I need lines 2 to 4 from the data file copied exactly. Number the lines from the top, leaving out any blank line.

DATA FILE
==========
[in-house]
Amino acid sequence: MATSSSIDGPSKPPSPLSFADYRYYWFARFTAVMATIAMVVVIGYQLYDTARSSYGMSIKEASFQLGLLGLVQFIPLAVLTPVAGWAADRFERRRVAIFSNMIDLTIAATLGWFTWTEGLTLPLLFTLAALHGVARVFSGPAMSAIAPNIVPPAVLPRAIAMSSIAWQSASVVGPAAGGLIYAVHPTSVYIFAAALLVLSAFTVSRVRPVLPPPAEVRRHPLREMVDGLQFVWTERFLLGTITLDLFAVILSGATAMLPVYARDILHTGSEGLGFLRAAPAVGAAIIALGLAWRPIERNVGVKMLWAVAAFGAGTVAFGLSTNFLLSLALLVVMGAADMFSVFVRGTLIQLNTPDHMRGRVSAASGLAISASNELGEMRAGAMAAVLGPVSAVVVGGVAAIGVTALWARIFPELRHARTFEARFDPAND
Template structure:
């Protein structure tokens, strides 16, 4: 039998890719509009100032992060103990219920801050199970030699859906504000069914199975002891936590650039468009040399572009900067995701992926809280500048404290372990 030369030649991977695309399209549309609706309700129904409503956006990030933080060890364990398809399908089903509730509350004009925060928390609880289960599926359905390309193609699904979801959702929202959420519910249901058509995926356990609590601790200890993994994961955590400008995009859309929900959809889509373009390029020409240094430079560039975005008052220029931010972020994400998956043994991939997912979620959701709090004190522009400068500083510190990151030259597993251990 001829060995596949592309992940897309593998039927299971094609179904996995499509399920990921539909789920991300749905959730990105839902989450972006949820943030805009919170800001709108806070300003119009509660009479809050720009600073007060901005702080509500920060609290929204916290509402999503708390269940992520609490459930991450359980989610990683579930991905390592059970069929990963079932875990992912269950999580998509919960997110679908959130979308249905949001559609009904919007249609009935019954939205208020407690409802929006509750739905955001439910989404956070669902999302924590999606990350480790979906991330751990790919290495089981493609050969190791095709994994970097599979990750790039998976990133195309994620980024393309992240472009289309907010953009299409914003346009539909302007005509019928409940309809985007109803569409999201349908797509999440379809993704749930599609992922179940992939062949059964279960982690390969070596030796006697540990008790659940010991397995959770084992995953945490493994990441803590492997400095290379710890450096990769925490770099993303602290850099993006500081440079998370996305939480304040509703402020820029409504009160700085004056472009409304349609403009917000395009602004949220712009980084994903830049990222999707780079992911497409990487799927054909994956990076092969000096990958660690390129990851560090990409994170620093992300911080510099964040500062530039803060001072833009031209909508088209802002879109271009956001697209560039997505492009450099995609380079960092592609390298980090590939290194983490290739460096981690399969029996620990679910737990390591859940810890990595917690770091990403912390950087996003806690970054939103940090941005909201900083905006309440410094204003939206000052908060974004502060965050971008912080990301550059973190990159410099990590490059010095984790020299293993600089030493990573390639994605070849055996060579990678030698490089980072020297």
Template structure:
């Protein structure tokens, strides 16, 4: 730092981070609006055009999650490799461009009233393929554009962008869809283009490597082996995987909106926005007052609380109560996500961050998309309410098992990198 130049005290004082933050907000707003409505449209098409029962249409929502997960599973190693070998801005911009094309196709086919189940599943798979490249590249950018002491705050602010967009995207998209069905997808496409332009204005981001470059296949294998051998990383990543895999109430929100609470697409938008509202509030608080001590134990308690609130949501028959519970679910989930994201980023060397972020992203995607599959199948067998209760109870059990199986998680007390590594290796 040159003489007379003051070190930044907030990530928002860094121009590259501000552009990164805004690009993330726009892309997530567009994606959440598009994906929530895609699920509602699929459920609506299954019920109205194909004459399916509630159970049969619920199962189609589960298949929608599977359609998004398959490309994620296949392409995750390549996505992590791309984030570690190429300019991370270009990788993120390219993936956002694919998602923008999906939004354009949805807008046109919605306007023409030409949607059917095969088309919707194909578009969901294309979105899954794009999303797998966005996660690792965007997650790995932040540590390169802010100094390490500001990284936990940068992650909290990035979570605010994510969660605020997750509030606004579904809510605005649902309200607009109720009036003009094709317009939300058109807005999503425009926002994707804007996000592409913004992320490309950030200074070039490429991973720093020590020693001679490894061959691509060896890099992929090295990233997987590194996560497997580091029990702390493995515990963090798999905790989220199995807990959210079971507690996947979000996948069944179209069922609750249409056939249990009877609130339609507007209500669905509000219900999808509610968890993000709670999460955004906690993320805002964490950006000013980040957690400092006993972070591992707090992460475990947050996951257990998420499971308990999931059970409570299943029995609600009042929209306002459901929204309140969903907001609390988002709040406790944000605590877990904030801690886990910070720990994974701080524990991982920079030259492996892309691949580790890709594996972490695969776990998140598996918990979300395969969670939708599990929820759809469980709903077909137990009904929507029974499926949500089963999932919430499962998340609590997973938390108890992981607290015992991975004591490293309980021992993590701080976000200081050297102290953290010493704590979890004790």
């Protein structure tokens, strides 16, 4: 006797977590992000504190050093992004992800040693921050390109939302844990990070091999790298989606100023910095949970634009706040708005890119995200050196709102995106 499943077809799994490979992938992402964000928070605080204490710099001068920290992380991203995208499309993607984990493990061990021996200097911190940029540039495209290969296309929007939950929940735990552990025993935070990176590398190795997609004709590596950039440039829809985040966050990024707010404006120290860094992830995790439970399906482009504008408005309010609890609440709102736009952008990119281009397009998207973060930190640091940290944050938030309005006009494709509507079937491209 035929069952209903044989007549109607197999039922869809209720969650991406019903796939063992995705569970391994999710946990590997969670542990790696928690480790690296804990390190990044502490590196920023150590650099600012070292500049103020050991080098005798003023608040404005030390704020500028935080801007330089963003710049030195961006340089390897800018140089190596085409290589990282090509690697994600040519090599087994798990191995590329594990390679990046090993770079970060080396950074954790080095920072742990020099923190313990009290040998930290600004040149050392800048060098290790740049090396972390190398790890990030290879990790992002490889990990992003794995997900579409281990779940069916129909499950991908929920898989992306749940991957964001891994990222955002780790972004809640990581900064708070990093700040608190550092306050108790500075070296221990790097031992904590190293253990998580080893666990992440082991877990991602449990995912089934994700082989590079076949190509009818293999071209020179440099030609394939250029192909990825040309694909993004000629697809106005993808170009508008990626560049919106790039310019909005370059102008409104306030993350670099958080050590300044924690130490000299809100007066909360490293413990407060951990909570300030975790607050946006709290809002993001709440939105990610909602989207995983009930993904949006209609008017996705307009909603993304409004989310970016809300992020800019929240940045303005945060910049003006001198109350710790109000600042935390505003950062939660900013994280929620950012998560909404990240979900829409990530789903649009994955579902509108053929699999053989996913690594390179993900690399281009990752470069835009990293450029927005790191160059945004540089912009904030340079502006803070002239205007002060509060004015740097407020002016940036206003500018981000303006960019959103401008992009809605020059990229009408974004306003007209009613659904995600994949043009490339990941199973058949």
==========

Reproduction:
Amino acid sequence: MATSSSIDGPSKPPSPLSFADYRYYWFARFTAVMATIAMVVVIGYQLYDTARSSYGMSIKEASFQLGLLGLVQFIPLAVLTPVAGWAADRFERRRVAIFSNMIDLTIAATLGWFTWTEGLTLPLLFTLAALHGVARVFSGPAMSAIAPNIVPPAVLPRAIAMSSIAWQSASVVGPAAGGLIYAVHPTSVYIFAAALLVLSAFTVSRVRPVLPPPAEVRRHPLREMVDGLQFVWTERFLLGTITLDLFAVILSGATAMLPVYARDILHTGSEGLGFLRAAPAVGAAIIALGLAWRPIERNVGVKMLWAVAAFGAGTVAFGLSTNFLLSLALLVVMGAADMFSVFVRGTLIQLNTPDHMRGRVSAASGLAISASNELGEMRAGAMAAVLGPVSAVVVGGVAAIGVTALWARIFPELRHARTFEARFDPAND
Template structure:
């Protein structure tokens, strides 16, 4: 039998890719509009100032992060103990219920801050199970030699859906504000069914199975002891936590650039468009040399572009900067995701992926809280500048404290372990 030369030649991977695309399209549309609706309700129904409503956006990030933080060890364990398809399908089903509730509350004009925060928390609880289960599926359905390309193609699904979801959702929202959420519910249901058509995926356990609590601790200890993994994961955590400008995009859309929900959809889509373009390029020409240094430079560039975005008052220029931010972020994400998956043994991939997912979620959701709090004190522009400068500083510190990151030259597993251990 001829060995596949592309992940897309593998039927299971094609179904996995499509399920990921539909789920991300749905959730990105839902989450972006949820943030805009919170800001709108806070300003119009509660009479809050720009600073007060901005702080509500920060609290929204916290509402999503708390269940992520609490459930991450359980989610990683579930991905390592059970069929990963079932875990992912269950999580998509919960997110679908959130979308249905949001559609009904919007249609009935019954939205208020407690409802929006509750739905955001439910989404956070669902999302924590999606990350480790979906991330751990790919290495089981493609050969190791095709994994970097599979990750790039998976990133195309994620980024393309992240472009289309907010953009299409914003346009539909302007005509019928409940309809985007109803569409999201349908797509999440379809993704749930599609992922179940992939062949059964279960982690390969070596030796006697540990008790659940010991397995959770084992995953945490493994990441803590492997400095290379710890450096990769925490770099993303602290850099993006500081440079998370996305939480304040509703402020820029409504009160700085004056472009409304349609403009917000395009602004949220712009980084994903830049990222999707780079992911497409990487799927054909994956990076092969000096990958660690390129990851560090990409994170620093992300911080510099964040500062530039803060001072833009031209909508088209802002879109271009956001697209560039997505492009450099995609380079960092592609390298980090590939290194983490290739460096981690399969029996620990679910737990390591859940810890990595917690770091990403912390950087996003806690970054939103940090941005909201900083905006309440410094204003939206000052908060974004502060965050971008912080990301550059973190990159410099990590490059010095984790020299293993600089030493990573390639994605070849055996060579990678030698490089980072020297």